Harvard Business School
Rev. September 15, 1986
The idea of repurchasing shares was no stranger to Bill Marriott by January 1980. Almost five million shares of common stock had been repurchased on the open market by Marriott Corporation during 1979 at a total cost of $74 million and an average price of $15.16 in the belief that they were undervalued—a belief that still was not fully reflected in the market price. At $19 5/8, the stock was selling at only six times cash flow per share; and its price/earnings ratio of nine was a far cry from historical multiples as high as fifty times as recently as 1973. Its low price seemed to offer once again an obvious opportunity to benefit shareholders. However, the proposal to repurchase 10 million of the 32 million still outstanding shares aroused some uneasiness. If successful, it had the potential of enhancing Marriott's EPS and of increasing family and management control from 20% to 29% of outstanding shares. However, it represented a move that was almost entirely financial—one that would run the debt well above the levels advocated before the Board of Directors only two years earlier. The repurchase would also necessitate renegotiation of restrictive covenants in existing loan agreements. Lastly, the huge size of the proposed program would require a tender price of $23 1/2, a hefty premium of $4 over the current market price. All of this seemed somewhat out of character for a corporation known for caution and stability.
Marriott Corporation was founded as a nine-seat A&W Root Beer Stand in Washington, D.C., in 1927 by J. Willard Marriott. Mr. Marriott had a gift for anticipating, or helping to create, trends in public eating habits. Shortly after the first stand opened, a second was built, and soon a chain of Hot Shoppes was underway. In 1934, industrial cafeterias were opened at a General Motors plant in Georgia and at the Ford Motor Company plant in Virginia. In 1937, the airline industry was revolutionized when Mr. Marriott established an airline catering service, providing box lunches from a Hot Shoppe next to the old Hoover Airport, on the site of what is now the Pentagon. Seven years later, Mr. Marriott led the company into the hotel field, opening the Marriott Twin Bridges just over the Potomac River from Washington. It became known as a motor-hotel and helped to revolutionize the lodging industry, for it offered a drive-in registration desk, a restaurant on the premises, and a convention center. By 1964, there were 77 restaurants, 4 hotels, and 9,600 employees generating total sales of $85 million.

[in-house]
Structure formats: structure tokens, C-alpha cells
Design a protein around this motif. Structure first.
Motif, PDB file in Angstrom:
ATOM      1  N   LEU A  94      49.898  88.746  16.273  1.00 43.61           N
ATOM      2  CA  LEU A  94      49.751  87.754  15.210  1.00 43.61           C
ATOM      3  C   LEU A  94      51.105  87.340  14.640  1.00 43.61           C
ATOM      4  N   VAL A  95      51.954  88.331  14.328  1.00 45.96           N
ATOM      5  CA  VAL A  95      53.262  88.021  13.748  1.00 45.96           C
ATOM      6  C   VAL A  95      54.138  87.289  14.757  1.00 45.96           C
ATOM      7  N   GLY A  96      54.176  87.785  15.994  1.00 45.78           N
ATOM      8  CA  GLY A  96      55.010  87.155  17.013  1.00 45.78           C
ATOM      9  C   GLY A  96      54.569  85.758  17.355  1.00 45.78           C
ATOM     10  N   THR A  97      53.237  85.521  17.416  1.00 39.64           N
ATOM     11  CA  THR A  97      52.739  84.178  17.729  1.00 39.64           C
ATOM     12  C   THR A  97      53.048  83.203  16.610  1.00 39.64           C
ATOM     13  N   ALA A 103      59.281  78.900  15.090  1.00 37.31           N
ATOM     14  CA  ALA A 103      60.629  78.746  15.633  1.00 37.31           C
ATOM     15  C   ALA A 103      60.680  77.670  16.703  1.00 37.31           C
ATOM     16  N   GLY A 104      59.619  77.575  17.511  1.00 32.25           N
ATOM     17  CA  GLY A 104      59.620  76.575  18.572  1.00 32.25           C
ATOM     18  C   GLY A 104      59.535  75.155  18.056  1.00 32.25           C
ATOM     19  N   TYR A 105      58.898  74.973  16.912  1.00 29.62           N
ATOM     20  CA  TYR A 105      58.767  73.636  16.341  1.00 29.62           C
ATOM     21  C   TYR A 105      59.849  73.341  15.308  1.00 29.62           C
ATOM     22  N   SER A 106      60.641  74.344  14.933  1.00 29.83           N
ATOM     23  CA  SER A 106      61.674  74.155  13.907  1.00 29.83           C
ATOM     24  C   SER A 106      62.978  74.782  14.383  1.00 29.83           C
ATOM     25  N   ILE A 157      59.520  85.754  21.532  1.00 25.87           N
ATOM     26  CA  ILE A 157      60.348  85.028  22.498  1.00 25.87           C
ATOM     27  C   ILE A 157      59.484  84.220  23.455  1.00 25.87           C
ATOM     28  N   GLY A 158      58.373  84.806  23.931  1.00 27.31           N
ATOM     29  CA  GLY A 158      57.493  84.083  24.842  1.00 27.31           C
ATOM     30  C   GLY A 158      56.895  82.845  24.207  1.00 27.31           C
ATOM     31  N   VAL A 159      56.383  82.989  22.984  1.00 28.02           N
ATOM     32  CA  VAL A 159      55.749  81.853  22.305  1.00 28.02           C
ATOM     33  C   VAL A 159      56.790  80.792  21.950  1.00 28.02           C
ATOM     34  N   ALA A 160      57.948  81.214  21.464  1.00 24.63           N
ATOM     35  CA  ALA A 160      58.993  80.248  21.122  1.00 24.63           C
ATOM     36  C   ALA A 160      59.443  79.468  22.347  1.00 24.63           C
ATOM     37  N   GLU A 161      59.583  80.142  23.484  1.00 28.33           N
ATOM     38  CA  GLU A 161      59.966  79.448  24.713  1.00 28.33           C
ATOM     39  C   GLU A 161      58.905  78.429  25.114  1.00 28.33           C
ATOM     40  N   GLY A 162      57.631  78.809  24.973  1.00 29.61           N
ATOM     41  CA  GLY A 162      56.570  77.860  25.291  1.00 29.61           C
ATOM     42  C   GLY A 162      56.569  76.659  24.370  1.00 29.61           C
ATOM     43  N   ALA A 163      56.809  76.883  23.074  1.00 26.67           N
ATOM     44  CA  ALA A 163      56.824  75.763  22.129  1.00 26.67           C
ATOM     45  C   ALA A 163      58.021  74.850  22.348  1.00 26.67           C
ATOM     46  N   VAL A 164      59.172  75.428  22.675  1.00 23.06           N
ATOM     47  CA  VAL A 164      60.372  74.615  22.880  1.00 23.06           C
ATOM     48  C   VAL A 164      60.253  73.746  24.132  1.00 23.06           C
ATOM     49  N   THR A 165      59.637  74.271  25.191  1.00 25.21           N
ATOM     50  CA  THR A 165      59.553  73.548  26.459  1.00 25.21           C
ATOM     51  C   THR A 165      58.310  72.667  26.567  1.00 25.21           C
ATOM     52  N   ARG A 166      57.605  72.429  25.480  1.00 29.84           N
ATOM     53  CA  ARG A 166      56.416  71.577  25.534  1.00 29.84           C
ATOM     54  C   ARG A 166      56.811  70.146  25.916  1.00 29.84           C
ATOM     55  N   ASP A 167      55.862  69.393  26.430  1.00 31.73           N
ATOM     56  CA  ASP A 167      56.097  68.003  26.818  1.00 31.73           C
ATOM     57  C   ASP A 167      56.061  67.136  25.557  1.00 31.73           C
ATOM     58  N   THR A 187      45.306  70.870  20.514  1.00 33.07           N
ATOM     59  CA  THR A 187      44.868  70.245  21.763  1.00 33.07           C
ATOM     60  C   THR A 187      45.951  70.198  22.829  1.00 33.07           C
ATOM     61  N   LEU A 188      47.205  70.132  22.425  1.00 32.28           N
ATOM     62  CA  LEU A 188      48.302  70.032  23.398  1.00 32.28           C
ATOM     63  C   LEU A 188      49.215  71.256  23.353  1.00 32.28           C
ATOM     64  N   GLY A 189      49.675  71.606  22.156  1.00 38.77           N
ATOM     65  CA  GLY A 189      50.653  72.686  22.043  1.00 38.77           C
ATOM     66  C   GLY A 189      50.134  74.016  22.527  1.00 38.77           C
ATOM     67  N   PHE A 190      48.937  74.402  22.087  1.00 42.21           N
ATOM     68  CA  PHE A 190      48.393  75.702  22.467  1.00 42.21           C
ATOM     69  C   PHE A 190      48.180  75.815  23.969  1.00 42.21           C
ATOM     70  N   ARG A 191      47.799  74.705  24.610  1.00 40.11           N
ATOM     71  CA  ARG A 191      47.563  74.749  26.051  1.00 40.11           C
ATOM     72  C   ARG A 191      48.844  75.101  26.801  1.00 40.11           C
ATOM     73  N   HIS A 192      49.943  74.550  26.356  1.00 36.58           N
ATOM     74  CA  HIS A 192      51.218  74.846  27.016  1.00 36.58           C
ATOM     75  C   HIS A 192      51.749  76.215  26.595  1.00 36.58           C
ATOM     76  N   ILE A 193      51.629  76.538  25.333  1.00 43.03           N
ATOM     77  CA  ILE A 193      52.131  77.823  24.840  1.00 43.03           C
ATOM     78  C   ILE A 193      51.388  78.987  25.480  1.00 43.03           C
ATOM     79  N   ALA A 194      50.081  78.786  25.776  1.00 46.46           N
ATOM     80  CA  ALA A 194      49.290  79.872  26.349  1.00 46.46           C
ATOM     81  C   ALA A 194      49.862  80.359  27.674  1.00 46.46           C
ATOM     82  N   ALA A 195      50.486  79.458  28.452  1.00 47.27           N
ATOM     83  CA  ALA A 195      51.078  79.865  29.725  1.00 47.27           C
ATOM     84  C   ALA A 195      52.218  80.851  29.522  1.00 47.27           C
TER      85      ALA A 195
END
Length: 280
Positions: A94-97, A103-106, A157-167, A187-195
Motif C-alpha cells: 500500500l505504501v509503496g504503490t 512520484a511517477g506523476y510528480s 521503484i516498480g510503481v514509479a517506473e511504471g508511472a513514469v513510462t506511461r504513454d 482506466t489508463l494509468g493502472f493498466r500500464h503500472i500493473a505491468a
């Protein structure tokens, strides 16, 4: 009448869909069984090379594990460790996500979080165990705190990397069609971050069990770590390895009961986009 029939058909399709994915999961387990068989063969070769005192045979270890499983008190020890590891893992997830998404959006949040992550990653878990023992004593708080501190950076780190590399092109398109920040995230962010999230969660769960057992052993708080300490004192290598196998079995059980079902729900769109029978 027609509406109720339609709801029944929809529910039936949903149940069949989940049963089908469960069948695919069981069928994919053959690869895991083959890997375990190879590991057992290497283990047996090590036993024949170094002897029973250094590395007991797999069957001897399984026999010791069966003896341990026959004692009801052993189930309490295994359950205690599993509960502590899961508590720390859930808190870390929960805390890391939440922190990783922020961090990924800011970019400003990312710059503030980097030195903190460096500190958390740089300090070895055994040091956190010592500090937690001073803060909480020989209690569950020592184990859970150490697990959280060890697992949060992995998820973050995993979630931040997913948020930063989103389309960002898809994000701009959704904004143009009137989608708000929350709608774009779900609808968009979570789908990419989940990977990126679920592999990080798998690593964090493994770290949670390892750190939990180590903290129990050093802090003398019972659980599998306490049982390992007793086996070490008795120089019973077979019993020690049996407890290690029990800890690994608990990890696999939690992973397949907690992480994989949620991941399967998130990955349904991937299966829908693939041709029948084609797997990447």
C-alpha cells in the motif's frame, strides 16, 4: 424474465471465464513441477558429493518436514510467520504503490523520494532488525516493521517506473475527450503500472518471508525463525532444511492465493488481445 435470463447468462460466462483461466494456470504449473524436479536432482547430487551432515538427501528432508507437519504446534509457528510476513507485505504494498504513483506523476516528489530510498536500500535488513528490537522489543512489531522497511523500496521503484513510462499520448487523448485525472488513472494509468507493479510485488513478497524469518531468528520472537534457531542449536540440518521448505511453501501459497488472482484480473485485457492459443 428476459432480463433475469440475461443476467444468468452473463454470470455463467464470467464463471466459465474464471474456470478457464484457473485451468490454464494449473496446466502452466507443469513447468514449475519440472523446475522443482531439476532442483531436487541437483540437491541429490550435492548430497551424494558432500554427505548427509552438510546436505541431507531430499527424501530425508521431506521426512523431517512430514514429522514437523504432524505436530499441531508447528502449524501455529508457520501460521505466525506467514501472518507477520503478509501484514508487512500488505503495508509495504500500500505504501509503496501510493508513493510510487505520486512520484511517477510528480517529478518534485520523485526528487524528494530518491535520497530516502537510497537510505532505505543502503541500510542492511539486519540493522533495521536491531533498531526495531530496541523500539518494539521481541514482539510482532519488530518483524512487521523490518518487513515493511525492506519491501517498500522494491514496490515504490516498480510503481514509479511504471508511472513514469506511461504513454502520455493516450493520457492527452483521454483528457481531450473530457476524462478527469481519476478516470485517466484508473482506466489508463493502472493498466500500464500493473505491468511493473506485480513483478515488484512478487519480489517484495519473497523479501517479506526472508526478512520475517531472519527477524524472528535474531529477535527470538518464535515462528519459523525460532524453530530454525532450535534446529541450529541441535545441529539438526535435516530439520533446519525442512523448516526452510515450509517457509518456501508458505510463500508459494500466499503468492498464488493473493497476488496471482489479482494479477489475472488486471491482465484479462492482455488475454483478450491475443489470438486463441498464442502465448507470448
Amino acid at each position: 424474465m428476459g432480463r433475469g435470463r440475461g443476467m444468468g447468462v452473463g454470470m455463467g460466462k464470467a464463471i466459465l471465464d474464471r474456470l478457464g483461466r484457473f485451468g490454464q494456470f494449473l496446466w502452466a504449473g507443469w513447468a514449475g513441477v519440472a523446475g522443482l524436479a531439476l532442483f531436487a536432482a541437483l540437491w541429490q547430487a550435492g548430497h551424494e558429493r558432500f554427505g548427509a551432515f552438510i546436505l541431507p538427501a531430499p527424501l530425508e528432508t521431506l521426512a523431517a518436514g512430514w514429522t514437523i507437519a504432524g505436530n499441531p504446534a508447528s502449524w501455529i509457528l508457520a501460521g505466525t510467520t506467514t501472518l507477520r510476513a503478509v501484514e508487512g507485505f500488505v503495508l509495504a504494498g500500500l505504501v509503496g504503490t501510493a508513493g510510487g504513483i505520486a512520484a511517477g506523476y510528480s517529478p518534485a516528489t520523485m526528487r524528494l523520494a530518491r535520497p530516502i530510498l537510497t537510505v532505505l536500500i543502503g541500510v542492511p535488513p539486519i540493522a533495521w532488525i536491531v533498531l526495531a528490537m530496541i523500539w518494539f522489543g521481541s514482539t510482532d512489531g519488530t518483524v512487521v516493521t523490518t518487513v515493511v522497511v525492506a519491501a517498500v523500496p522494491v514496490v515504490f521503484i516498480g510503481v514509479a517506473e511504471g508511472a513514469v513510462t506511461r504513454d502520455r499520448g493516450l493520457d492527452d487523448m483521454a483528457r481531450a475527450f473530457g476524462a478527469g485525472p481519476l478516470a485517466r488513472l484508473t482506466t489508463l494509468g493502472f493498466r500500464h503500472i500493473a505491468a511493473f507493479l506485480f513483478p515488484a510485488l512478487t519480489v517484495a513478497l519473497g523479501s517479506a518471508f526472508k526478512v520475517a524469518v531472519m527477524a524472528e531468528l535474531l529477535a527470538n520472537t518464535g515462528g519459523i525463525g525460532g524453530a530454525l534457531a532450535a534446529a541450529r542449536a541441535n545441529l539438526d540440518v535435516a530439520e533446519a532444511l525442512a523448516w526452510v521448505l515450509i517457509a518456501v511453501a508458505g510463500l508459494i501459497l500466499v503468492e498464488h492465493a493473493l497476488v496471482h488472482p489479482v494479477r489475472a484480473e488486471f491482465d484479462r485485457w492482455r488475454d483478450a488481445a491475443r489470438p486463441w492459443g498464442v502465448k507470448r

This case was prepared for class discussion rather than to illustrate either effective or ineffective handling of an administrative situation. Copyright © 1981 by the President and Fellows of Harvard College. To order copies or request permission to reproduce materials, call 1-800-545-7685, write Harvard Business School Publishing, Boston, MA 02163, or go to http://www.hbsp.harvard.edu. No part of this publication may be reproduced, stored in a retrieval system, used in a spreadsheet, or transmitted in any form or by any means—electronic, mechanical, photocopying, recording, or otherwise—without the permission of Harvard Business School. 1
Bill Marriott assumed the presidency from his father in 1964 and initiated further diversification into theme parks, cruise ships and international host services. In 1967 the company acquired the Big Boy Restaurants franchise based in the Los Angeles area. A year later, Marriott opened its first Roy Rogers Roast Beef Sandwich outlet, which would grow into the Roy Rogers Family Restaurant chain. Since 1964, growth was little short of phenomenal. From sales of $85 million 16 years earlier, sales in 1979 exceeded $1.5 billion. Operations expanded to 476 company-operated restaurants, 55 hotels and resorts, a cruise ship line, two theme parks, and 66,000...
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